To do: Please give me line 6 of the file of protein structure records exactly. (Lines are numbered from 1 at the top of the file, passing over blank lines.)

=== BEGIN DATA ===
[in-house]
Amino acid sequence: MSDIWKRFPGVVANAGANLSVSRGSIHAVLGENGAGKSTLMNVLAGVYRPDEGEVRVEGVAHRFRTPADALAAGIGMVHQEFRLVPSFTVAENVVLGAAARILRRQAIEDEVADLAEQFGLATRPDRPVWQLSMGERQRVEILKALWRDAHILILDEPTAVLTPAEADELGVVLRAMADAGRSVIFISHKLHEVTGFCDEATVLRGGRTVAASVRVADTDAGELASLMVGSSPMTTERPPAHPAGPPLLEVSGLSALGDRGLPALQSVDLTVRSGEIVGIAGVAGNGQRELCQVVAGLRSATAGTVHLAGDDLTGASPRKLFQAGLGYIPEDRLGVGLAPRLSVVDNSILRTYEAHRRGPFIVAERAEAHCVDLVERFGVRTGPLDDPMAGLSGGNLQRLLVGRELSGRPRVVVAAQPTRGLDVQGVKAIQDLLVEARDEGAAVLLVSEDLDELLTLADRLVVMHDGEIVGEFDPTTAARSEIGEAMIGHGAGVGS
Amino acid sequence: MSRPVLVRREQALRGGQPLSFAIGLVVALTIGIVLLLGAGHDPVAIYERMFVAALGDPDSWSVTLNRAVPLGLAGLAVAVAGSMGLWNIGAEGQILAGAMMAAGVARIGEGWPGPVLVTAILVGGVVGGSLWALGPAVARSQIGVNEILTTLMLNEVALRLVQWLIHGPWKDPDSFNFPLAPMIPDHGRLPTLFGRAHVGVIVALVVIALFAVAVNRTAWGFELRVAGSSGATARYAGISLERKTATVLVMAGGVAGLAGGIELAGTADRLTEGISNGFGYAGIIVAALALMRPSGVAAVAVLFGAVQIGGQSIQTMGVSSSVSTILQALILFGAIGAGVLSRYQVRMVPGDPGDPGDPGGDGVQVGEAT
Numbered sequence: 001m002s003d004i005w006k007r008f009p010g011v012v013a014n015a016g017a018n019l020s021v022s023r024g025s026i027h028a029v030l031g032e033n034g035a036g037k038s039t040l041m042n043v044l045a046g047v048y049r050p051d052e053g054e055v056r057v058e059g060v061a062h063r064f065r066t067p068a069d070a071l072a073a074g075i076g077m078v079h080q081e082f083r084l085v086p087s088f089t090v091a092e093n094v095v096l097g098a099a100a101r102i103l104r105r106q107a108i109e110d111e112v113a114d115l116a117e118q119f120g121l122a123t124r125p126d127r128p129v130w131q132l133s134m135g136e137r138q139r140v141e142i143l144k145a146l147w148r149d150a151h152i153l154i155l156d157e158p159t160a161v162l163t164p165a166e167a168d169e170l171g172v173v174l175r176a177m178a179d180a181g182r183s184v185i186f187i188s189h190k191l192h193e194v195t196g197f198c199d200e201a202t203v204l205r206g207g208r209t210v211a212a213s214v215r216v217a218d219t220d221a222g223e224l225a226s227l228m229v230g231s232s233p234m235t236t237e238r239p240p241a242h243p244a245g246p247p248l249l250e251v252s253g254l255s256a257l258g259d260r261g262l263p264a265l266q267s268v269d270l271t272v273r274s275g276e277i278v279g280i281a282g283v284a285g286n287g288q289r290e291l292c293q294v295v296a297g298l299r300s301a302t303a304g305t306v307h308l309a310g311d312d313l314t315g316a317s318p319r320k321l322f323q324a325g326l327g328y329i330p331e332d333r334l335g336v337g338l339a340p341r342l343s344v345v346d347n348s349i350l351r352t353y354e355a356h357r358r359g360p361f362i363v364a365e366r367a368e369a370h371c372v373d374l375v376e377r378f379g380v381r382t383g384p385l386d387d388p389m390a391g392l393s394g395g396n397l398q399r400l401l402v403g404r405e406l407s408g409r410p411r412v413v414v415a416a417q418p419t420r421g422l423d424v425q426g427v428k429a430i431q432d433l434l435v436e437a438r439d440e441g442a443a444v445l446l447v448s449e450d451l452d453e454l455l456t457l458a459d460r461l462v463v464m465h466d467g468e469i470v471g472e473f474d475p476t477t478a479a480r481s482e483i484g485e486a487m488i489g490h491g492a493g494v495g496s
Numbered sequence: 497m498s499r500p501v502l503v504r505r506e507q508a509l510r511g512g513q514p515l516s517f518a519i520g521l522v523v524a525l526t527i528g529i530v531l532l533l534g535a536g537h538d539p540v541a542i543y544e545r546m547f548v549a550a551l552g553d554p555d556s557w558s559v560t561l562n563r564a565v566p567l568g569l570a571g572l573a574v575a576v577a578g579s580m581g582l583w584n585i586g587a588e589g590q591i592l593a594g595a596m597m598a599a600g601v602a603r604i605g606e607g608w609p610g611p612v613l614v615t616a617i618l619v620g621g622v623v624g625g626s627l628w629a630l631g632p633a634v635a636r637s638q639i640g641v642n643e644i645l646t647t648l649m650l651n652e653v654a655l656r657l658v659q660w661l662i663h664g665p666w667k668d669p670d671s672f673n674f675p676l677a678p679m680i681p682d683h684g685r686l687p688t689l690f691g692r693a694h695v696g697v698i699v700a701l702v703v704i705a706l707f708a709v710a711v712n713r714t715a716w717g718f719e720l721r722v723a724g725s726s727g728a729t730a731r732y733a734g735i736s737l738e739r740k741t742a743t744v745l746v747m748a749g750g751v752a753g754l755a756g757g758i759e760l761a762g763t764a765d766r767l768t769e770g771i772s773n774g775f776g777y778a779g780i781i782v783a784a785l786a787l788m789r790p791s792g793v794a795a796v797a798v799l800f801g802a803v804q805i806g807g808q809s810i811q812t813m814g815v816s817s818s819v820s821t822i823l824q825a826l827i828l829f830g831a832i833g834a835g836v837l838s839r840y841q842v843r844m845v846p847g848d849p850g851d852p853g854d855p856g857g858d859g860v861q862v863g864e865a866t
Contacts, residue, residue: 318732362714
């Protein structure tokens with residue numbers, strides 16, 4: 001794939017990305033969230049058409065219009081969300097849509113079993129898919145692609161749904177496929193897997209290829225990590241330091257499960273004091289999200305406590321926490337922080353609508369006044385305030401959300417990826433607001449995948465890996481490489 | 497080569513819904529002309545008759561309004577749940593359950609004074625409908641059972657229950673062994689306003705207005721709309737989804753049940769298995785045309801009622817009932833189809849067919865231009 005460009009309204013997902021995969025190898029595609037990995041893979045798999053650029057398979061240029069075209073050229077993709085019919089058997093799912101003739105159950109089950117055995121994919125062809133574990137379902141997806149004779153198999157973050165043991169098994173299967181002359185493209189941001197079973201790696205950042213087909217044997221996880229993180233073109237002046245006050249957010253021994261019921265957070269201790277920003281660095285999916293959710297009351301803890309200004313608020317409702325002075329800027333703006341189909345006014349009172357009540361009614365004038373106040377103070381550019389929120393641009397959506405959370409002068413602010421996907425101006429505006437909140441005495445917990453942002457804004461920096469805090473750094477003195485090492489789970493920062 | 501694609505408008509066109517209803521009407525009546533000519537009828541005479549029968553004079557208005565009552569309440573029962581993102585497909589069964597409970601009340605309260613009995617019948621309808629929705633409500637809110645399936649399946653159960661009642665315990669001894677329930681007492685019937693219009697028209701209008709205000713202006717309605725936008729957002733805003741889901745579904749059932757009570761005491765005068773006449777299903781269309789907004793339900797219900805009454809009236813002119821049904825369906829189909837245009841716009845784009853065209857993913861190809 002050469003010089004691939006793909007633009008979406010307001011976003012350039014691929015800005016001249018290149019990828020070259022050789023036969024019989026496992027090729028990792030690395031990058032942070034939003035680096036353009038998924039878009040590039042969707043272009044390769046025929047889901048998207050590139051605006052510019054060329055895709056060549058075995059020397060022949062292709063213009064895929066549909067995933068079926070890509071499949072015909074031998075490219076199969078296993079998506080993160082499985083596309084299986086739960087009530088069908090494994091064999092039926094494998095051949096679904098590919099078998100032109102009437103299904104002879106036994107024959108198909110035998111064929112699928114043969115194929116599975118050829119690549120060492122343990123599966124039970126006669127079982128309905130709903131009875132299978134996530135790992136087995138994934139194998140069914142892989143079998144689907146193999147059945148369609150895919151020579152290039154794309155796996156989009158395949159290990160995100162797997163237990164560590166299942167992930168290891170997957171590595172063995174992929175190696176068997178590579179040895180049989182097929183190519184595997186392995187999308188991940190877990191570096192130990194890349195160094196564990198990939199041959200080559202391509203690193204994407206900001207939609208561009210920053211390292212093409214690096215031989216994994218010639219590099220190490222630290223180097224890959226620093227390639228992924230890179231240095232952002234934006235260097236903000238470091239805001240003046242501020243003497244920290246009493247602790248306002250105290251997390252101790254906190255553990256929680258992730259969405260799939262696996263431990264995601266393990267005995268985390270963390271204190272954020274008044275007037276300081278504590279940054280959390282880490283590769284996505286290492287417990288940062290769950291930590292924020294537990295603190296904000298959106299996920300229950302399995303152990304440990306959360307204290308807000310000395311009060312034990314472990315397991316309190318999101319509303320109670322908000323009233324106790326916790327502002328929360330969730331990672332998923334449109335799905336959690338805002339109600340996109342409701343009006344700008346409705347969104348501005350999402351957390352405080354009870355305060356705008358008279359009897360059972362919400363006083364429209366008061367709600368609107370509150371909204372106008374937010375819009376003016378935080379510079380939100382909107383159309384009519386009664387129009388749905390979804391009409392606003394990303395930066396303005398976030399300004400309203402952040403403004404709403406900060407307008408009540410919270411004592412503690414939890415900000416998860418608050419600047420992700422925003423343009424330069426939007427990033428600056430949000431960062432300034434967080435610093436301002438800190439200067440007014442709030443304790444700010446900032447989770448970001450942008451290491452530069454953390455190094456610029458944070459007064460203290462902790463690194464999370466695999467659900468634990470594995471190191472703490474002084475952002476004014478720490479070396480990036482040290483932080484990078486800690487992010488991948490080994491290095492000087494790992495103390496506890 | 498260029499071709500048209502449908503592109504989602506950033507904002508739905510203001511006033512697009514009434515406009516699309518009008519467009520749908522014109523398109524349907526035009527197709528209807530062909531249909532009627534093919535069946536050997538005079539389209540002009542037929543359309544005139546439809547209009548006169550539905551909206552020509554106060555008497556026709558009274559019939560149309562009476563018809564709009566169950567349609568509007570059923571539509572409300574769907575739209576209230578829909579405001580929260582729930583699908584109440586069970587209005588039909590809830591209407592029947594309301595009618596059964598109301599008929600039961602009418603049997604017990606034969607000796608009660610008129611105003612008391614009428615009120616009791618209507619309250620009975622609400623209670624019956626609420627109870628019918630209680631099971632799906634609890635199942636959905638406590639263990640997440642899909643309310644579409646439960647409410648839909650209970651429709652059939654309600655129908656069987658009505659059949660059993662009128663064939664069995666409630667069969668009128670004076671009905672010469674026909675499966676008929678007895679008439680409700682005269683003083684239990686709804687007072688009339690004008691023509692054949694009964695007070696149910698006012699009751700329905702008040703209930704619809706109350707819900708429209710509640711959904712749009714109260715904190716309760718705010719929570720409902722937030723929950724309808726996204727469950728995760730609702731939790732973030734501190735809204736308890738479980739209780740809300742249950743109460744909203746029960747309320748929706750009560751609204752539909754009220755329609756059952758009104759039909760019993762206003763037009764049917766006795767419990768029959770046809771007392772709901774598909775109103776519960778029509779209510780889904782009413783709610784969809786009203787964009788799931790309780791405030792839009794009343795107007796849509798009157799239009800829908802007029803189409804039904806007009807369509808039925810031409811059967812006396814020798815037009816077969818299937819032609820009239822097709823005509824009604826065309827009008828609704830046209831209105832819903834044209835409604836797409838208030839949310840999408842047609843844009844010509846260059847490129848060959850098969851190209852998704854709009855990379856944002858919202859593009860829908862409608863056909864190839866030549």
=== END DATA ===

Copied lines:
Contacts, residue, residue: 318732362714